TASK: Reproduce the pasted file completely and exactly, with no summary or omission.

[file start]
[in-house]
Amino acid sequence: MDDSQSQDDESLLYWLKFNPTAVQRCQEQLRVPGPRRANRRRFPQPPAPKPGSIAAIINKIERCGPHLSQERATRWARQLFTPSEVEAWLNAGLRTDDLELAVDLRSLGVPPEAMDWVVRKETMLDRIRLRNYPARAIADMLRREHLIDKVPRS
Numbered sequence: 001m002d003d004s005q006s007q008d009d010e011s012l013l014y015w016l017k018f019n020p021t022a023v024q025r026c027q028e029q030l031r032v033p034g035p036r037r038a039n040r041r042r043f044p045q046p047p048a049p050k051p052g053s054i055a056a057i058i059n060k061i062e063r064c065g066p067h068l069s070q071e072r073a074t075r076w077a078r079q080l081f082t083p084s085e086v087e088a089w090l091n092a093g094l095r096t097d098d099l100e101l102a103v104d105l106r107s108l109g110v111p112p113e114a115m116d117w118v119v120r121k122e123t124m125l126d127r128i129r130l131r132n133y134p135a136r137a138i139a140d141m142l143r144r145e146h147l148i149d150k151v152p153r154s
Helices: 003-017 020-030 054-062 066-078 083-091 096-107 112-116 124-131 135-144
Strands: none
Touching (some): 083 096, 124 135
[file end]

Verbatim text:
[in-house]
Amino acid sequence: MDDSQSQDDESLLYWLKFNPTAVQRCQEQLRVPGPRRANRRRFPQPPAPKPGSIAAIINKIERCGPHLSQERATRWARQLFTPSEVEAWLNAGLRTDDLELAVDLRSLGVPPEAMDWVVRKETMLDRIRLRNYPARAIADMLRREHLIDKVPRS
Numbered sequence: 001m002d003d004s005q006s007q008d009d010e011s012l013l014y015w016l017k018f019n020p021t022a023v024q025r026c027q028e029q030l031r032v033p034g035p036r037r038a039n040r041r042r043f044p045q046p047p048a049p050k051p052g053s054i055a056a057i058i059n060k061i062e063r064c065g066p067h068l069s070q071e072r073a074t075r076w077a078r079q080l081f082t083p084s085e086v087e088a089w090l091n092a093g094l095r096t097d098d099l100e101l102a103v104d105l106r107s108l109g110v111p112p113e114a115m116d117w118v119v120r121k122e123t124m125l126d127r128i129r130l131r132n133y134p135a136r137a138i139a140d141m142l143r144r145e146h147l148i149d150k151v152p153r154s
Helices: 003-017 020-030 054-062 066-078 083-091 096-107 112-116 124-131 135-144
Strands: none
Touching (some): 083 096, 124 135